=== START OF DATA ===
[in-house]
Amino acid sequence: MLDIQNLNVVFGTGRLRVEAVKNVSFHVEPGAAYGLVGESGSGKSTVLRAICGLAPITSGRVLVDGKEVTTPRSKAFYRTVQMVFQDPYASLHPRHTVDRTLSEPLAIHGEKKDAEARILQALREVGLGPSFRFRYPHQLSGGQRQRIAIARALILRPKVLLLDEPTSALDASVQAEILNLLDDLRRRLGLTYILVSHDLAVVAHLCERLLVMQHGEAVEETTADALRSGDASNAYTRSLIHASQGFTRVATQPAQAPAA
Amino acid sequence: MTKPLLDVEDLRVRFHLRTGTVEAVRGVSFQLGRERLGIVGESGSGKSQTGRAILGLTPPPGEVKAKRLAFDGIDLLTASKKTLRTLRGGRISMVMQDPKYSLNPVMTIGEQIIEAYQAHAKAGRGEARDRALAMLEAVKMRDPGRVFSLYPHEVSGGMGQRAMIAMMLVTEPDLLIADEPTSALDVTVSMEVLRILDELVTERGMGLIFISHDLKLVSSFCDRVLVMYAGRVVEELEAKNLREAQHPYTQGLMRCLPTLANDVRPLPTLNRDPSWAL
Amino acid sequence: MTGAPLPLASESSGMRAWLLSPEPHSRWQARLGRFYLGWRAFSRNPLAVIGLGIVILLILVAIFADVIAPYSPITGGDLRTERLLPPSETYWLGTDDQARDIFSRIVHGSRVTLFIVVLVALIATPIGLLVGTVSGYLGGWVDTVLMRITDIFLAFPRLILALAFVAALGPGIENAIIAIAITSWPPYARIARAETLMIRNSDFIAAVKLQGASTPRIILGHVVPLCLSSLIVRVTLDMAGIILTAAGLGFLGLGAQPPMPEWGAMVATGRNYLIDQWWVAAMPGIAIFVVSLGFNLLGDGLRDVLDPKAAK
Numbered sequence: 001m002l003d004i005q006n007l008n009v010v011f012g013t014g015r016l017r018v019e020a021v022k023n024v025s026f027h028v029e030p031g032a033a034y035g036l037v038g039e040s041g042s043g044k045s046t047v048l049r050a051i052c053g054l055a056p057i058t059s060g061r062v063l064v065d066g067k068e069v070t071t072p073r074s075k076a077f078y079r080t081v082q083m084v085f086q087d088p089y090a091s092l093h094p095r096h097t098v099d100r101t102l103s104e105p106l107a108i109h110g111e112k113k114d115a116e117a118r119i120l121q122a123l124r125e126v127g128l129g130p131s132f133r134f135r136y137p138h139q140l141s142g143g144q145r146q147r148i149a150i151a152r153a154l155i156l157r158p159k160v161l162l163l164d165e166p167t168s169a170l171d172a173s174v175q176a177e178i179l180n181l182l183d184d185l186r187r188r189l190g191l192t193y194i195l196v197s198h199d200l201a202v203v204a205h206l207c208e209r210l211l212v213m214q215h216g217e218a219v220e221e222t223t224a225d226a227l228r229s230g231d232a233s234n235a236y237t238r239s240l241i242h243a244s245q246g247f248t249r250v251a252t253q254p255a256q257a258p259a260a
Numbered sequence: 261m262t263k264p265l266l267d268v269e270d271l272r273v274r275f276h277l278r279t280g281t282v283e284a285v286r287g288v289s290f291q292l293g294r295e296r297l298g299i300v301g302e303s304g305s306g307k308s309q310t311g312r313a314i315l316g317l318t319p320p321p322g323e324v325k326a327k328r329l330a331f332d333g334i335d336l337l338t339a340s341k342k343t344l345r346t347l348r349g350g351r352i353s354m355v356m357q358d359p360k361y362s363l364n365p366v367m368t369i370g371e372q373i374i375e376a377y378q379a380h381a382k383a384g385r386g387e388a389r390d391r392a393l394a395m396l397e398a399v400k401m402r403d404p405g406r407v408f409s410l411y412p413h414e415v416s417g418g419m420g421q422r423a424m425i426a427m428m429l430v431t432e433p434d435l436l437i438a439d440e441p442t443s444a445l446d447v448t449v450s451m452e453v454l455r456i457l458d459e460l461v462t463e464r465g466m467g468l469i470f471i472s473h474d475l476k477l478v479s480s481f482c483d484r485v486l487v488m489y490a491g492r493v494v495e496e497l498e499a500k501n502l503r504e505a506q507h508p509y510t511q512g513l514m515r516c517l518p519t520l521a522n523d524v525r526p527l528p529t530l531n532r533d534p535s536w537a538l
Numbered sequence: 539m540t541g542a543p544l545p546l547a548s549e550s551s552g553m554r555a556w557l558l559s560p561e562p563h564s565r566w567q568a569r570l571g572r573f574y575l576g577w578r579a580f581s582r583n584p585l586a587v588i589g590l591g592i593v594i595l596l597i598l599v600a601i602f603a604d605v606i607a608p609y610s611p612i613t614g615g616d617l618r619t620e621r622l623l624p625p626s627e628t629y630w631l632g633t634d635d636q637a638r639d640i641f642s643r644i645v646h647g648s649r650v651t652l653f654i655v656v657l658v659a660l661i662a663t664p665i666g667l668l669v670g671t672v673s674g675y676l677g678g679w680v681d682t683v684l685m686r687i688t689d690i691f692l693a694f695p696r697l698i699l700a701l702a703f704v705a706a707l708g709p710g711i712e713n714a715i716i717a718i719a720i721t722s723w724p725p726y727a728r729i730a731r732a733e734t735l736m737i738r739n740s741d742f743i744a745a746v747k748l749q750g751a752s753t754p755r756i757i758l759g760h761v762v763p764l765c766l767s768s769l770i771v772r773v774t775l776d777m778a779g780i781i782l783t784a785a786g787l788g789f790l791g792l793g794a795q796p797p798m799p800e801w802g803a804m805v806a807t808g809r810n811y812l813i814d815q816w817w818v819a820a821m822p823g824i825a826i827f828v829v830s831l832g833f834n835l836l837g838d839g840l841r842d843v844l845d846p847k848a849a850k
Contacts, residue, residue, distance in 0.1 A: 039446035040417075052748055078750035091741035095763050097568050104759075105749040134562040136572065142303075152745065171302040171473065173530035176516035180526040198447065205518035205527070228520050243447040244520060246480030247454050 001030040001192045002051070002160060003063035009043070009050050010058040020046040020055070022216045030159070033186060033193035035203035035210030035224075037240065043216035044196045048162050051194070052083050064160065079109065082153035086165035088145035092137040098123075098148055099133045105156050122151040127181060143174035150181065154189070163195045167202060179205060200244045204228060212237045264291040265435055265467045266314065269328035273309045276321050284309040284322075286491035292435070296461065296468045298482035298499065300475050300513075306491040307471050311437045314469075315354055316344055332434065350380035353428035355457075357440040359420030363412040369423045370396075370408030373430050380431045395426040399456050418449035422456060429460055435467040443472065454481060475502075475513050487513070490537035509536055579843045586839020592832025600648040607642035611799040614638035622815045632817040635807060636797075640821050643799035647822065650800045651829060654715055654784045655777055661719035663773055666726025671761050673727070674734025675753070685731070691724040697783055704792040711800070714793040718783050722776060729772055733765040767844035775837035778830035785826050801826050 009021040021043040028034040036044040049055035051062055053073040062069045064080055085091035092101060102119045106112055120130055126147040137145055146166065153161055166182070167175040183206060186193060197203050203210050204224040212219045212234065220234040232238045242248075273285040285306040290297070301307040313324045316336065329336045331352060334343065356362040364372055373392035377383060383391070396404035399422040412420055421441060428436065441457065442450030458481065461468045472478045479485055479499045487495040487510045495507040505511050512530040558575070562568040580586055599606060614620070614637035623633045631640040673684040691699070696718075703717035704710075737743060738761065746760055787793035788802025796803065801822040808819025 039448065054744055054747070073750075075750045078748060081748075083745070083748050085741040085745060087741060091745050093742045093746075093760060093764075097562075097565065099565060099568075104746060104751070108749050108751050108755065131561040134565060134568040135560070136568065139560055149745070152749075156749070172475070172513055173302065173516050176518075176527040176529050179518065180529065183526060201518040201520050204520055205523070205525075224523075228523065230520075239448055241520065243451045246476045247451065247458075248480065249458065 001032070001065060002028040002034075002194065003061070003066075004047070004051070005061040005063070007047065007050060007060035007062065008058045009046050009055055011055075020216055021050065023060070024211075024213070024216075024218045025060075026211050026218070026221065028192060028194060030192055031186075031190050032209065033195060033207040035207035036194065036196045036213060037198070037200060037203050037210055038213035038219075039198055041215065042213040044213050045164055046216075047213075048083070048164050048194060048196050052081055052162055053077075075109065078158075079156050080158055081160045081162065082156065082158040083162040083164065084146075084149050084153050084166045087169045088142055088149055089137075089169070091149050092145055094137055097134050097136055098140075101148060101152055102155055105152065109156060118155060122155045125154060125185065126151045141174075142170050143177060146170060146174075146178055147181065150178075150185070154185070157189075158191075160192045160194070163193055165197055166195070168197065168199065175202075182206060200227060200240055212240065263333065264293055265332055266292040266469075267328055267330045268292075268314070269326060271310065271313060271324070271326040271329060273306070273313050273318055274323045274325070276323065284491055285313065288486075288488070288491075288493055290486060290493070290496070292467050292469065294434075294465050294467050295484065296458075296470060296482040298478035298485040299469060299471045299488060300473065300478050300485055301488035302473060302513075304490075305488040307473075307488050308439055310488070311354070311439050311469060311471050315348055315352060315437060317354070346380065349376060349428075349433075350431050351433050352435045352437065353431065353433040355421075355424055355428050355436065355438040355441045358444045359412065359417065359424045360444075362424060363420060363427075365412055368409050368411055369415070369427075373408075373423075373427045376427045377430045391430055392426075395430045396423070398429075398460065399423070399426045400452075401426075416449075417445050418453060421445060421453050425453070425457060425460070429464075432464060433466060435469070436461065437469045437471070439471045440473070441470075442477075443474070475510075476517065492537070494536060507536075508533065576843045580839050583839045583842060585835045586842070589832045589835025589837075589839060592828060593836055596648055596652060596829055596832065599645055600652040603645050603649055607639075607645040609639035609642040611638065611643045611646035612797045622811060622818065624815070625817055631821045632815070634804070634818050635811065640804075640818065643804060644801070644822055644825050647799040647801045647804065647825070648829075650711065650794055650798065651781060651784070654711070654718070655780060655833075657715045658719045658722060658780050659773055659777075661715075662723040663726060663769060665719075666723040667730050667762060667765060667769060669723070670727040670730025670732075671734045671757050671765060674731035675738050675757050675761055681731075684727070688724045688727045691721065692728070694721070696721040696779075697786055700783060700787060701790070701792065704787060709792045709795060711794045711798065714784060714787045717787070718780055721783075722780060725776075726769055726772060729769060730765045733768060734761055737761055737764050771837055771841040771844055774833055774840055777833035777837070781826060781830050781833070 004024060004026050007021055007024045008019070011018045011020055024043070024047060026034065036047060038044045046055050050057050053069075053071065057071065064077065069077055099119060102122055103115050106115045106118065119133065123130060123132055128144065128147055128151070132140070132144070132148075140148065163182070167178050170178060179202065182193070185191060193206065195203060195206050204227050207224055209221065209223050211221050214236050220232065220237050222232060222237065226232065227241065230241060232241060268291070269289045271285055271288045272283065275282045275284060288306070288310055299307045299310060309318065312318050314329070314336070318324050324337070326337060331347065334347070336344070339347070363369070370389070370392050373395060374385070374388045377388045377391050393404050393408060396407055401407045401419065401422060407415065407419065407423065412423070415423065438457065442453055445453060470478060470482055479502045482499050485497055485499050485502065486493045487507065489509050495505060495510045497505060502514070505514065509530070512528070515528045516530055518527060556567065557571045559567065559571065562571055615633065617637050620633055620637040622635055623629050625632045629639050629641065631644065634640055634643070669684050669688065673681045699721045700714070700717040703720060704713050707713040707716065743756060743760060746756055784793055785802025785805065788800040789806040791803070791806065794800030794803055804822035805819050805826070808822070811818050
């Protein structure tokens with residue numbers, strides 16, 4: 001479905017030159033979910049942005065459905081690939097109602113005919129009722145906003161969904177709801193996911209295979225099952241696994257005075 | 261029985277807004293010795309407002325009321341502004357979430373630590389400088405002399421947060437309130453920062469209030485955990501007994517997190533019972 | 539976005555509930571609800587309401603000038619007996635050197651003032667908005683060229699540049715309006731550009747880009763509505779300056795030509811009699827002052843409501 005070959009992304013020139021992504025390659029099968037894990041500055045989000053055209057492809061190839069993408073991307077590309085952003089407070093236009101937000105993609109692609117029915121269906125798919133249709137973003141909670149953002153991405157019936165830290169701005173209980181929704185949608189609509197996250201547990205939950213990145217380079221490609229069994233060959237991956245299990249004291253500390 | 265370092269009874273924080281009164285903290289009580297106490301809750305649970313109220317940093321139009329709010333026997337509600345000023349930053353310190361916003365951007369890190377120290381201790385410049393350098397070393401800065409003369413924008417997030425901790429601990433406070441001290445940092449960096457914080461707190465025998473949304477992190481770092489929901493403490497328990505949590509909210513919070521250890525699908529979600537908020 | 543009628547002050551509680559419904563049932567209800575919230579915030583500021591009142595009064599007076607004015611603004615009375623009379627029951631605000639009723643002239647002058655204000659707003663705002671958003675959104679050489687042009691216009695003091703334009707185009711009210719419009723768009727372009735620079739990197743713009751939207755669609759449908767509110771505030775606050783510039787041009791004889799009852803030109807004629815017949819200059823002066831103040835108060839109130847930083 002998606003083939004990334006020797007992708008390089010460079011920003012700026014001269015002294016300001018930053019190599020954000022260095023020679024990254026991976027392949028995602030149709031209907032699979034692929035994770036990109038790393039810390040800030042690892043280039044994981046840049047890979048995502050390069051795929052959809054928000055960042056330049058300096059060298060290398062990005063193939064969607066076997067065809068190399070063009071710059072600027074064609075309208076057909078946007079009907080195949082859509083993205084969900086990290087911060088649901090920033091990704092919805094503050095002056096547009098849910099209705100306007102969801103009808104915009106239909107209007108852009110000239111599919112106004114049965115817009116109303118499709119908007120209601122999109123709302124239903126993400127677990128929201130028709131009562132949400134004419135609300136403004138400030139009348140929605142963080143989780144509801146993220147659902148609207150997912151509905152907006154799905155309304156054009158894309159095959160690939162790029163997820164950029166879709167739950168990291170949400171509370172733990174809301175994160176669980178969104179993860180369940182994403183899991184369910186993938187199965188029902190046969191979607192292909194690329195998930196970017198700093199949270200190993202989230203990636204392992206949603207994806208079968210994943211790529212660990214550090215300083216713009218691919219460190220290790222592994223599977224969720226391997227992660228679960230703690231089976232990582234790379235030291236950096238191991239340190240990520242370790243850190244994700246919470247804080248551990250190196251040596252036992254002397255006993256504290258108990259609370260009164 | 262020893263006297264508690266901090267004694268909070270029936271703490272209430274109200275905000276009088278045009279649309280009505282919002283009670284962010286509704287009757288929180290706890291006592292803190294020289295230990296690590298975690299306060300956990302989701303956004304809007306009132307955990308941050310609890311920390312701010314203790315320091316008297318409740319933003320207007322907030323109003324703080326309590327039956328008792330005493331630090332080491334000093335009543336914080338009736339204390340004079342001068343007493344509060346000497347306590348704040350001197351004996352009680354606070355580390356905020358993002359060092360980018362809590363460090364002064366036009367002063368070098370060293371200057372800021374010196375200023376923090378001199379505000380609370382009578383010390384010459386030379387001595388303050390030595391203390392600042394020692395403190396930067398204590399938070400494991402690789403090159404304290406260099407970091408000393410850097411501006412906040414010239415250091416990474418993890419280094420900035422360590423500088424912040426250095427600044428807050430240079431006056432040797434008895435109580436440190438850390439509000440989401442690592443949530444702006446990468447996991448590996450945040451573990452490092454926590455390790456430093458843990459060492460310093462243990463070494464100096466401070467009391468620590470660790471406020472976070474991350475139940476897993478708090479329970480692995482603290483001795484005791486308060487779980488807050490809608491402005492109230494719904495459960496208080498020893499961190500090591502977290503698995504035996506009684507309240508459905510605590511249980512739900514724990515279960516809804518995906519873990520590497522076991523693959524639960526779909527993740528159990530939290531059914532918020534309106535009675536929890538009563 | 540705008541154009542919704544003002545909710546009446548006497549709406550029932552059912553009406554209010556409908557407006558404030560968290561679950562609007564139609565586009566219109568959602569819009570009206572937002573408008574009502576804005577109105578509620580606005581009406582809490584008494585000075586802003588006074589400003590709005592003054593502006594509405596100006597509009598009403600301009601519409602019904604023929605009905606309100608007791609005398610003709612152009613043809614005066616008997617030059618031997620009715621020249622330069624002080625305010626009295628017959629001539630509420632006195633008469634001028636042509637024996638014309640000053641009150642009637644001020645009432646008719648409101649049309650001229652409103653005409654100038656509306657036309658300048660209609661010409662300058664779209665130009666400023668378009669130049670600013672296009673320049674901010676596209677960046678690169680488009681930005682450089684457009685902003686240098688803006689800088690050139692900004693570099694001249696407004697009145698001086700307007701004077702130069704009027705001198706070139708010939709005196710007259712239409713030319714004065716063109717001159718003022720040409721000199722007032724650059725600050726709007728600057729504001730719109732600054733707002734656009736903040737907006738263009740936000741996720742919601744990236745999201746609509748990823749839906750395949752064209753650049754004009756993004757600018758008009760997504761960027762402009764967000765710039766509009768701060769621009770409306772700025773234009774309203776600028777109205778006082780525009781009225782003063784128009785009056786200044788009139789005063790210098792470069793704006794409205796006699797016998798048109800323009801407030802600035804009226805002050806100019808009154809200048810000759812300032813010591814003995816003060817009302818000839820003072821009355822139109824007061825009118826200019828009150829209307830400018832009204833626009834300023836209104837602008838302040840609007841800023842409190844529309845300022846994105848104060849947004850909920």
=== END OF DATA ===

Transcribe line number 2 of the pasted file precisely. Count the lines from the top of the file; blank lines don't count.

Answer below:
Amino acid sequence: MLDIQNLNVVFGTGRLRVEAVKNVSFHVEPGAAYGLVGESGSGKSTVLRAICGLAPITSGRVLVDGKEVTTPRSKAFYRTVQMVFQDPYASLHPRHTVDRTLSEPLAIHGEKKDAEARILQALREVGLGPSFRFRYPHQLSGGQRQRIAIARALILRPKVLLLDEPTSALDASVQAEILNLLDDLRRRLGLTYILVSHDLAVVAHLCERLLVMQHGEAVEETTADALRSGDASNAYTRSLIHASQGFTRVATQPAQAPAA